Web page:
How to Enable HTTPS in Spring Boot Application
This article will see what’s needed to turn an HTTP into an HTTPS endpoint. Then we will implement an endpoint in a Spring Boot application and make it available over HTTPS.
Let’s go through a few terms and concepts first.
SSL, a.k.a Secure Sockets Layer, is an internet security protocol that establishes security for data in transit between two computer devices.
SSL encrypts the data transmitted between multiple devices, making it nearly impossible to decrypt by bad actors.
SSL was later upgraded to TLS, but by then, the name SSL had become so popular that the certificates were still called SSL/TLS certificates.
SSL certificate is used to identify a server. Clients use this certificate to verify if the server is really who it claims to be.
A Certificate consists of a public and private key pair. The private key is stored on the server, and the public key is packaged with the certificate and shared with the client during the SSL handshake.
Clients use the public key from the certificate to encrypt data, and the server uses the private key to decrypt data.
Different authorities provide these certificates, but in this tutorial, we will generate a self-signed certificate, a dummy certificate that is also free.
So now we know that HTTPS is nothing but an HTTP secured with an SSL certificate.
In Java, a KeyStore stores private keys and certificates with public keys. The format in which these digital keys and certificates are stored in a Keystore is called Keystore format.
Since Java 9, the default Keystore format is PKCS12. We will be using the PKCS12 Keystore format in this tutorial.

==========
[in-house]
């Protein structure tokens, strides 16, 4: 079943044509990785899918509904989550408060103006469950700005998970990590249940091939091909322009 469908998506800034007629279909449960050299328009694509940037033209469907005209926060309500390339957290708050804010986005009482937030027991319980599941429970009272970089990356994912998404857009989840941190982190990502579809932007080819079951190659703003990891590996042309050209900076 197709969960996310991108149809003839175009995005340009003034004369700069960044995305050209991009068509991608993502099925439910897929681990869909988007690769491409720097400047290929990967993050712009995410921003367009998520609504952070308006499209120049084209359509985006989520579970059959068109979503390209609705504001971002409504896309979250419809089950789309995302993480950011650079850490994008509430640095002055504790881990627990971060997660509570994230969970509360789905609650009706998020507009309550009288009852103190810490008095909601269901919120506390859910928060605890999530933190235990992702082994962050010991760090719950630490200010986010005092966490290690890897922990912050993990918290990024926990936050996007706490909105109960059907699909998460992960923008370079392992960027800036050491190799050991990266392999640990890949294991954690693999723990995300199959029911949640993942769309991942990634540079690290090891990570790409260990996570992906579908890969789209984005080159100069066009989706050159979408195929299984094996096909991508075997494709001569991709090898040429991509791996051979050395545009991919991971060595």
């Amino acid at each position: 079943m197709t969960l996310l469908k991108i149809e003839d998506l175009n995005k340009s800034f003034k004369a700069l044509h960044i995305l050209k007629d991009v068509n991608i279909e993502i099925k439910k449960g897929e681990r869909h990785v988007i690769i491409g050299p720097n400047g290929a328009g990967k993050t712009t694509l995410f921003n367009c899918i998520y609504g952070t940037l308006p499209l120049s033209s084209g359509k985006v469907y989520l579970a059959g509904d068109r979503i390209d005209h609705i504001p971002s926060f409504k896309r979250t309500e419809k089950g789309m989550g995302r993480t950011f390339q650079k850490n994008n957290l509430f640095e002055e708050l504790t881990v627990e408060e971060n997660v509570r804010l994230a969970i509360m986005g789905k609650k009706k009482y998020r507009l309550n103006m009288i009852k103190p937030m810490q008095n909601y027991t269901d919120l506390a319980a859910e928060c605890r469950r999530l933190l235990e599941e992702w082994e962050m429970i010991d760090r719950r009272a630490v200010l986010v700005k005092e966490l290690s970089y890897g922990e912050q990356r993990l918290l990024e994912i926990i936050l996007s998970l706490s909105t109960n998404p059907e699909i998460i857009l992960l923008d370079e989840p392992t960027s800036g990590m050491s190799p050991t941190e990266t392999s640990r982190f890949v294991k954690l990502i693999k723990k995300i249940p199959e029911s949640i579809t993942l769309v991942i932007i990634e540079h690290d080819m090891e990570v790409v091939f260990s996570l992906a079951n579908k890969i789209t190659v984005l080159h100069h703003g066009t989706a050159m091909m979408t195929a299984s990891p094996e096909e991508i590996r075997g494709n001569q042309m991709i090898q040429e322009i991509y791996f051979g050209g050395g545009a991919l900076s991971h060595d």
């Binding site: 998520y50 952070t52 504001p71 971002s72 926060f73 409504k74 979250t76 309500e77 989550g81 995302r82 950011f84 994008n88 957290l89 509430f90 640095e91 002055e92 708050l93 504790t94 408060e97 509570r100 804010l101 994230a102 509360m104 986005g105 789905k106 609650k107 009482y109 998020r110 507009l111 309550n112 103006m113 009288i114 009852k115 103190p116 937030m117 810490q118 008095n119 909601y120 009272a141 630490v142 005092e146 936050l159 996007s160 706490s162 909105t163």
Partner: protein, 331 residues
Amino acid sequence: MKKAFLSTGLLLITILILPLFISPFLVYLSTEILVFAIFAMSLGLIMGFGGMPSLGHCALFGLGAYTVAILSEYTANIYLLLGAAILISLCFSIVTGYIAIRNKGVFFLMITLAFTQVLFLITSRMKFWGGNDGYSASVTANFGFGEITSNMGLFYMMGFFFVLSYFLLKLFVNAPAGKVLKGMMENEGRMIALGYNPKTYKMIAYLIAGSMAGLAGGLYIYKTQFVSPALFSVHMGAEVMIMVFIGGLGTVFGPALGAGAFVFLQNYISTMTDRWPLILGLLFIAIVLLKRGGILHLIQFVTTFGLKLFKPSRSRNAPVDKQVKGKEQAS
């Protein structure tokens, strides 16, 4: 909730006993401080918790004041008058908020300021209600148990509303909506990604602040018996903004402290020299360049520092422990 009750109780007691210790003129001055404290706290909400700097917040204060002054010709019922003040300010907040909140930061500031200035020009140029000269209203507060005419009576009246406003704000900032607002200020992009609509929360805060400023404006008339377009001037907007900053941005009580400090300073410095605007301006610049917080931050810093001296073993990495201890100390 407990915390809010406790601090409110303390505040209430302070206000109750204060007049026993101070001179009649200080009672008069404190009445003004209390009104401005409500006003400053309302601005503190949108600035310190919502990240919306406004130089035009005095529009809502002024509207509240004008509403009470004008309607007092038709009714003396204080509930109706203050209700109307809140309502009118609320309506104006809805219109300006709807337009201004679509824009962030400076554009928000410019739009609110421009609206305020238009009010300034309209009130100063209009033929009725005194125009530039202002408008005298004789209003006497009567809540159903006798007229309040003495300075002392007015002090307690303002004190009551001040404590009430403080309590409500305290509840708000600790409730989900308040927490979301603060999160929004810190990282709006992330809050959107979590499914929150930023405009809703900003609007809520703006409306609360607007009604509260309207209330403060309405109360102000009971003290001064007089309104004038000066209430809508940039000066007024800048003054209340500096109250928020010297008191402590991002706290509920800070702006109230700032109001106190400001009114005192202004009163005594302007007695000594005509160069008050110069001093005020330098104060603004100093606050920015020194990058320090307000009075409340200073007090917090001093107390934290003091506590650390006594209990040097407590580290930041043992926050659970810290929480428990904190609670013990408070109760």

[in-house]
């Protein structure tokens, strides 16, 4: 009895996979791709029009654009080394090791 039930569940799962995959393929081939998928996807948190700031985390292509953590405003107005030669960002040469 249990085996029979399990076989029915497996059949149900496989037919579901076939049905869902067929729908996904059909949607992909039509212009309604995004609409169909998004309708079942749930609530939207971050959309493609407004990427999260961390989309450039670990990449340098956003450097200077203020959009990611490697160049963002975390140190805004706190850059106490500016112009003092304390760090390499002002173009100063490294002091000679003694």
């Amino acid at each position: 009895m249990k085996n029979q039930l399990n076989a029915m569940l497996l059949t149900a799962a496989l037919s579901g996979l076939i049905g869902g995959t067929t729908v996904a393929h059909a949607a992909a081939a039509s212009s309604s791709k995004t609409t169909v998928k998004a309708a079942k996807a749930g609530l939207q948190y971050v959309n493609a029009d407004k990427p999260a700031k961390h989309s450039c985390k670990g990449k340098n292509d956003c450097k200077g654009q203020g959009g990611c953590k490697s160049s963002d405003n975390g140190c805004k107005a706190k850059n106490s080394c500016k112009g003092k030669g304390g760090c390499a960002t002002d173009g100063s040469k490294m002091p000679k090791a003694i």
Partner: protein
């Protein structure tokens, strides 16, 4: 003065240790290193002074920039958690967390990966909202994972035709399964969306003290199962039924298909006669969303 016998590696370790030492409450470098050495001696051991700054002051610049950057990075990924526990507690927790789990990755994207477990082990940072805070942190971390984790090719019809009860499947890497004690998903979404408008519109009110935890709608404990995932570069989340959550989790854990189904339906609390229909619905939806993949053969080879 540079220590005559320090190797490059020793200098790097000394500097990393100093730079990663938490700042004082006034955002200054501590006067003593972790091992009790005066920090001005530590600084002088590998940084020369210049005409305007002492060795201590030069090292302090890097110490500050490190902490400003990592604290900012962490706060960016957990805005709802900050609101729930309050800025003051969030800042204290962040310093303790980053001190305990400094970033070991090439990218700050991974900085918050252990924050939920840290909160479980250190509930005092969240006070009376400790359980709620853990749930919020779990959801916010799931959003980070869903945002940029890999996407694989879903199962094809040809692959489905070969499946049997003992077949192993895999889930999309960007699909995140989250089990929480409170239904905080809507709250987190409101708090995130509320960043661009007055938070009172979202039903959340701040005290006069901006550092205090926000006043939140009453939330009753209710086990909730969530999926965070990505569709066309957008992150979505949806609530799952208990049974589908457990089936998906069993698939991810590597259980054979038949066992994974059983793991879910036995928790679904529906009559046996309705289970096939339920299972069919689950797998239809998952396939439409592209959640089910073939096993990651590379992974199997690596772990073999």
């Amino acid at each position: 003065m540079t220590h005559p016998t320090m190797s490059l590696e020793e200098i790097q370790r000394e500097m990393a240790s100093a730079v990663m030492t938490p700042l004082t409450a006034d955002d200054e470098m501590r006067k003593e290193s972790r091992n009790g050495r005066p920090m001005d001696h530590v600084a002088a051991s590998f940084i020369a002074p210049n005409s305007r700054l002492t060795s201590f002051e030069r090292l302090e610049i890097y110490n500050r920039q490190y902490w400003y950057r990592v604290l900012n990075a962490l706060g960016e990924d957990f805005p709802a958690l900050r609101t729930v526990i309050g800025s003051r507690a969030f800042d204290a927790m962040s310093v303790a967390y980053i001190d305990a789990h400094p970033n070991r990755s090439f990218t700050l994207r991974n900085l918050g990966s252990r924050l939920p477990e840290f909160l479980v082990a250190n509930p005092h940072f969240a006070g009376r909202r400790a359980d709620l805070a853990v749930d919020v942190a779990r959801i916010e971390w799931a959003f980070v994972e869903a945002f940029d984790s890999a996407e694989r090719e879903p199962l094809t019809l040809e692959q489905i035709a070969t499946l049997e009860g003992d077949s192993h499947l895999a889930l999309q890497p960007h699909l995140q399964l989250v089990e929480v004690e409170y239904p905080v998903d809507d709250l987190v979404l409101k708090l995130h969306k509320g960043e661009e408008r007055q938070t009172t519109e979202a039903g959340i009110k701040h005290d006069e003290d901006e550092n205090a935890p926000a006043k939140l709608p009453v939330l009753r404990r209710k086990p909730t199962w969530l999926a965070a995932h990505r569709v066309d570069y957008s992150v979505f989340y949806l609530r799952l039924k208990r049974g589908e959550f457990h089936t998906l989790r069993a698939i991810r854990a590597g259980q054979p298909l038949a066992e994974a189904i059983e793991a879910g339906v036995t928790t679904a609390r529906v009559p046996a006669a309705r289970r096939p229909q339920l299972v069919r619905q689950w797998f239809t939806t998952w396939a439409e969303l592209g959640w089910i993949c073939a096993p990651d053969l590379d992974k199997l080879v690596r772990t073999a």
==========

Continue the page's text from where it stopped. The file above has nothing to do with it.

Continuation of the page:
Tools to generate a certificate
We can use OpenSSL or keytool to generate self-signed certificates.
Note that connecting to a server with a self-signed certificate is allowed in specific browsers with a warning, but tools like Postman don’t trust these certificates.
Now, let’s get into the implementation part.
Use this command to generate the certificate from a command prompt.
keytool -genkeypair -alias samplekey -keyalg RSA -keysize 2048 -storetype PKCS12 -keystore samplekey.p12 -validity 3650
Each key pair is identified using an alias name. We will also need to use the same name in our properties file.
You will be asked a bunch of questions after running the above command. Make sure you remember the password; we need to add that to the property file.
(Key would be generated in the directory from which you ran the above command.)
Create a SpringBoot project and add a simple GET API.
Copy the certificate to your resources folder under a new folder named keystore. (src/main/resources/keystore)
Add the following properties to the application.properties file
server.ssl.key-store-type=PKCS12 server.ssl.key-store=classpath:keystore/samplekey.p12 server.ssl.key-store-password=<Password used while generating the certificate> server.ssl.key-alias=samplekey server.ssl.enabled=true
Run the application.
Once the app is up, hit your GET API from the browser. In my case, it is “https://localhost:5000/”
That’s it; we have enabled an HTTPS call to our server.
If you hit the above API with an HTTP protocol, you will get a 400 Error.
Testing from Postman
Postman provides a way to add client certificates, but it doesn’t work well with self-signed certificates generated using the PKCS12 Keystore.
I did try converting the certificate to PEM type and adding it as a CA certificate in Postman.
This didn’t work even after multiple tweaks.
If you still want to test through Postman, the easiest way is to disable SSL verification.
After disabling the SSL certificate validation, we will get the expected output if we hit the GET API from Postman.